Some of the most beautiful altars are those that are crafted and created with idea of it being used as an altar. They are usually inspired by devotion and connection with spiritual practices and works perfectly. www.dharmacrafts.com has an excellent selection of altars such as the one pictured here.
I have an altar that was created by a Bombay chest (see above), a traditional chest with drawers, which is usually imported from eastern parts of the world. While these have not been created as an altar, they make a perfect, respectful altar that gives great storage space for all the items needed in traditional Tibetan Buddhist practice, or any practice with a lot of support items. On the top of this chest is a handmade, two step topper for the different levels needed for my discipline (read Meditation Room Altars Part Two). They can be purchased from any fine furniture store. I got mine in a damaged section of a major furniture showroom for only $150.
This image is from crystal-cure.com and shows a simple stool with a decorative tray sat on top that was purchased from an import store. A simple idea that looks beautiful and can hold crystals or other objects the persons is inspired by or feels a connection to.
Small stools or benches are a good choice for a simple altar. Low cost, and easy to find, they work perfectly for those sitting on the floor during practice (traditionally the altar should be at eye level or higher). I like the one at the top of this article from dharmacrafts.com because it shows a collapsable bench used as an altar, and how beautiful it can look once it has sacred items placed on it. One note, this kind of altar does not have any space under for storage for incense or candles. But for those who find this isn’t a problem, this is a great solution.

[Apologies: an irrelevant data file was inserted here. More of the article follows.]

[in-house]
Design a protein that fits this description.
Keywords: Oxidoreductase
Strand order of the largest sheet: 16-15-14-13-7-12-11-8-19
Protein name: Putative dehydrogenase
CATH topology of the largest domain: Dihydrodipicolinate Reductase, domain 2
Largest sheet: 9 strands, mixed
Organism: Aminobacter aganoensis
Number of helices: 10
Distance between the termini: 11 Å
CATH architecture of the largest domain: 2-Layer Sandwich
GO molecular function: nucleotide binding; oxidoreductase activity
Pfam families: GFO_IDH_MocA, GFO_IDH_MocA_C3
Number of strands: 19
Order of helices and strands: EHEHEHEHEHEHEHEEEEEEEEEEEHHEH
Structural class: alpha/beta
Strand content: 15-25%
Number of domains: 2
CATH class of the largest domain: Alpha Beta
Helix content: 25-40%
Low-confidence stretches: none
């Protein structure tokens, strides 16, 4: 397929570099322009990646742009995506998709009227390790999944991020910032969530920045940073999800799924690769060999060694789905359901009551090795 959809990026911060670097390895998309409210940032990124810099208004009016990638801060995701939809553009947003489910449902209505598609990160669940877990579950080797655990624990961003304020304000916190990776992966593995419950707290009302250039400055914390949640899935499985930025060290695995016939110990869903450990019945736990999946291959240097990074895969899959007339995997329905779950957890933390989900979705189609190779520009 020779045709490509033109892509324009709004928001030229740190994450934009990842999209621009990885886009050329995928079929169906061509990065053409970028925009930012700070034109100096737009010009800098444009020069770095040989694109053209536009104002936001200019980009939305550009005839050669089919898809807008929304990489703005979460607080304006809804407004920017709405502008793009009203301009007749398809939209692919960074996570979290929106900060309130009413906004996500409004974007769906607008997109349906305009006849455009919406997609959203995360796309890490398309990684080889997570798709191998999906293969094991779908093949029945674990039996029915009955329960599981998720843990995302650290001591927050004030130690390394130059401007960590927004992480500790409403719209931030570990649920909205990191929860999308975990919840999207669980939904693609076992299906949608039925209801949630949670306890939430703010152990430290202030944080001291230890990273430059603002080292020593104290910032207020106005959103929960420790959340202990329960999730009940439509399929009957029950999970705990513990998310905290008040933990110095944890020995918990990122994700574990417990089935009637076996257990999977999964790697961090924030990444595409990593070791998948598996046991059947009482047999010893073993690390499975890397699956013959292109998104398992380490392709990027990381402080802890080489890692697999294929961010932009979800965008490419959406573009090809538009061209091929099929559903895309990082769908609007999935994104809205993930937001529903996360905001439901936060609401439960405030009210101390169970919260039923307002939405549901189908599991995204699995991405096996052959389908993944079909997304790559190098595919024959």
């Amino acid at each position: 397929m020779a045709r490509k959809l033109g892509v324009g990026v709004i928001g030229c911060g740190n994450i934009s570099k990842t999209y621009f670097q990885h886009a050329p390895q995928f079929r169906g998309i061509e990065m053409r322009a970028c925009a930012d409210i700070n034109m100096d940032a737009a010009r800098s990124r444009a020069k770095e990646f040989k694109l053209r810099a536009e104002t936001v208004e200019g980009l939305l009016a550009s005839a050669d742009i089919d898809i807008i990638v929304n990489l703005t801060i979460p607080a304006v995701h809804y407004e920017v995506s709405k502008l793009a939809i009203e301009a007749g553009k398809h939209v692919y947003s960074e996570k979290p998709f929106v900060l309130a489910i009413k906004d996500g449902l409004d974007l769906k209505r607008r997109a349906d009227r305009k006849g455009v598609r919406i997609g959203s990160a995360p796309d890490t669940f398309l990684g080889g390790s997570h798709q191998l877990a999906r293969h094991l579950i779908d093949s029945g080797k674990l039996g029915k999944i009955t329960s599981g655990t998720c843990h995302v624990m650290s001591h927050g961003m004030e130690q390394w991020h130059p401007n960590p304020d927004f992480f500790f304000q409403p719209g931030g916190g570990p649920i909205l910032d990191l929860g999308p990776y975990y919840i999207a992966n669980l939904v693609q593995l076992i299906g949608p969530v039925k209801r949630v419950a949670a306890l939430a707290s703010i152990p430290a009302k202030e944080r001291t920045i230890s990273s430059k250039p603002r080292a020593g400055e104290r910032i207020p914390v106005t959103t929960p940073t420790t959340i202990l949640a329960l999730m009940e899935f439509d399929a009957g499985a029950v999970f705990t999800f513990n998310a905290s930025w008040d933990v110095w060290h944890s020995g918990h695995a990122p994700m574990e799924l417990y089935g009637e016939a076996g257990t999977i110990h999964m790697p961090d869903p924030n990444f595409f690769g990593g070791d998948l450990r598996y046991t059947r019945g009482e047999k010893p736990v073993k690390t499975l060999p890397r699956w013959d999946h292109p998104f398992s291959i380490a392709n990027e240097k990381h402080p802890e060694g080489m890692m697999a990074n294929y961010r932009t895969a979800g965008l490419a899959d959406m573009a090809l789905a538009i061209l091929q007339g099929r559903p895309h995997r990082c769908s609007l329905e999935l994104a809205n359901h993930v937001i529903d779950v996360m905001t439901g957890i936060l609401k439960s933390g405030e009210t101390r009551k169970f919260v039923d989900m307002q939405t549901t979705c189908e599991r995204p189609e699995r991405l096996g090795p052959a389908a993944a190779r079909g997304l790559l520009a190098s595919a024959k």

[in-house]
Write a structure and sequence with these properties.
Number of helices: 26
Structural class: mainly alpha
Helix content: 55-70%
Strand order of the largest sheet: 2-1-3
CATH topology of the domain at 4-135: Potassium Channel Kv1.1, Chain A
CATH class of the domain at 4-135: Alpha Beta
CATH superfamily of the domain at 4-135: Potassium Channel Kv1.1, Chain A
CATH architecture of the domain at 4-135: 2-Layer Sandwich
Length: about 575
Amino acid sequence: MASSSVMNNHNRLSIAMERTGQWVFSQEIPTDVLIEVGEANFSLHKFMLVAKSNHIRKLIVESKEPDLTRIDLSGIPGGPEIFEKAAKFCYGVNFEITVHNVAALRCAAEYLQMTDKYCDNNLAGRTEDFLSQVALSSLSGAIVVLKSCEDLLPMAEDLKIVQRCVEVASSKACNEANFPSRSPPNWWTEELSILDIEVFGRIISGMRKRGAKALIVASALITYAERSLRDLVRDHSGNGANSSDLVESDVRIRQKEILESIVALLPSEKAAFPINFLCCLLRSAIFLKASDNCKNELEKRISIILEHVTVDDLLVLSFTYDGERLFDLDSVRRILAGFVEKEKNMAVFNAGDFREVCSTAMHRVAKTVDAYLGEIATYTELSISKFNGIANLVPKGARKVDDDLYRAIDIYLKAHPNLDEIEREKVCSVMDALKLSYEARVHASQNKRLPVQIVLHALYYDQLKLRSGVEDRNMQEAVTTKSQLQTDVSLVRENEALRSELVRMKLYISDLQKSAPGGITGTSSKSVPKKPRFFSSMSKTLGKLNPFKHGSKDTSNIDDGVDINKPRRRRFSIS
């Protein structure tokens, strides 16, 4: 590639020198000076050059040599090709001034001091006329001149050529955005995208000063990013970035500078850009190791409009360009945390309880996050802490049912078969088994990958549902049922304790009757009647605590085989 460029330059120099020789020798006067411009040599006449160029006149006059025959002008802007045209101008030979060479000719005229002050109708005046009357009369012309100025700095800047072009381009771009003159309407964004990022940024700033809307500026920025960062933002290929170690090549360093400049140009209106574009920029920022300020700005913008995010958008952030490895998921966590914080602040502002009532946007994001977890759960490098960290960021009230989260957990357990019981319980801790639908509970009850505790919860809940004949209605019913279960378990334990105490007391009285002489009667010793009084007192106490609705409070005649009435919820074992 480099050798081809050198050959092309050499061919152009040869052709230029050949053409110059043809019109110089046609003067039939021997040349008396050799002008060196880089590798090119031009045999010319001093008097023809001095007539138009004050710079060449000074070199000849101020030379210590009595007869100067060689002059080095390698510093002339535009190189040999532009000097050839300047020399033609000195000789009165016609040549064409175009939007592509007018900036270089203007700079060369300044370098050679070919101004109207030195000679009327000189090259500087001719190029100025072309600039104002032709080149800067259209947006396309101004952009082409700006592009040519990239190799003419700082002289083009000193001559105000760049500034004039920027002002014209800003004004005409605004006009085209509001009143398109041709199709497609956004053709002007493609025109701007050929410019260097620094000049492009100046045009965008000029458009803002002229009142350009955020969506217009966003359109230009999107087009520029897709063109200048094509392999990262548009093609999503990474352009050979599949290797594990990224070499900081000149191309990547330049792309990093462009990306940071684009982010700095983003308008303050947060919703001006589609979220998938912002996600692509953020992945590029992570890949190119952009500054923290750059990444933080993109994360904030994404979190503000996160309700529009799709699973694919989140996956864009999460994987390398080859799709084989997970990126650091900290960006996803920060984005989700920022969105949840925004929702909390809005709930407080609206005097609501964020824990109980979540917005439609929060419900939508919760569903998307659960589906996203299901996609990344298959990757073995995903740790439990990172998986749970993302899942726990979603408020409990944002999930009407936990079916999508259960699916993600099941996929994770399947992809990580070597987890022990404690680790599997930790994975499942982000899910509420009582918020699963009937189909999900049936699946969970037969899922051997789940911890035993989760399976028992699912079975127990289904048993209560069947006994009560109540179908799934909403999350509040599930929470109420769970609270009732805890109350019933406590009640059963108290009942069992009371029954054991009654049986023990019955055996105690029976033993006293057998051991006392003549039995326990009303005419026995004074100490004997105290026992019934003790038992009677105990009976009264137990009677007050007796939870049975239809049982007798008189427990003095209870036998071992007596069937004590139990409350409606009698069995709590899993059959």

I found this non-traditional altar on “A New Kind of Buddhist Altar” on ‘wired’. “Japanese designer Keita Suzuki wants to make it easier for city dwellers to hang on to Buddhist practice, so he’s recently rolled out Shinobu, a line of slick, shoe box-sized altars that would look right at home on Muji’s store shelves. Suzuki has updated the altars to match what are probably modern, minimalist homes. The tools—incense, candles, the singing bowl used during chanting—come in neutral metals and have basic cylindrical shapes. And instead of doors that swing open, the altars have bamboo blinds that don’t take up an inch of extra air space.” The designer says a chair has been over designed with hundreds of styles, while the altar is still evolving, so why not focus on designing a new way of seeing an altar.
For those who travel, or live in a small space, or have a circumstance where an altar always in view isn’t what’s needed, a portable altar is the perfect choice for you. A portable altar can be stored away, or closed off when not in use. Boon Décor has this portable mango wood altar for storing away when needed. One note; if you store sacred items inside, it should not have non-sacred items on top of it. Better to store the entire altar on a top shelf in your closet, and pull it out when needed. Or better yet, display a beautiful Buddha statue on top, and use the inside to store incense, candles and offerings when needed.
There is also a small altar style that looks like a cabinet with an altar inside. You can close the doors when the altar isn’t in use, keeping your meditation times personal and private. Sometime altars can become cluttered and for those who are really into ‘neatness’ this alternative is a great choice too.
Import and gift shops that carry Asian items often have cardboard, or small wooden altars with all the needed items included such as incense, candles and a picture or statue of the Buddha. These little altars are portable, packable and intended for those who travel and want to meditate or practice on the go without a lot of trouble and effort. They are a great alternative, and really a wonderful gift.
Coming up: Meditation Room Altars – Part Two – What to place on an altar, and how to use it respectfully.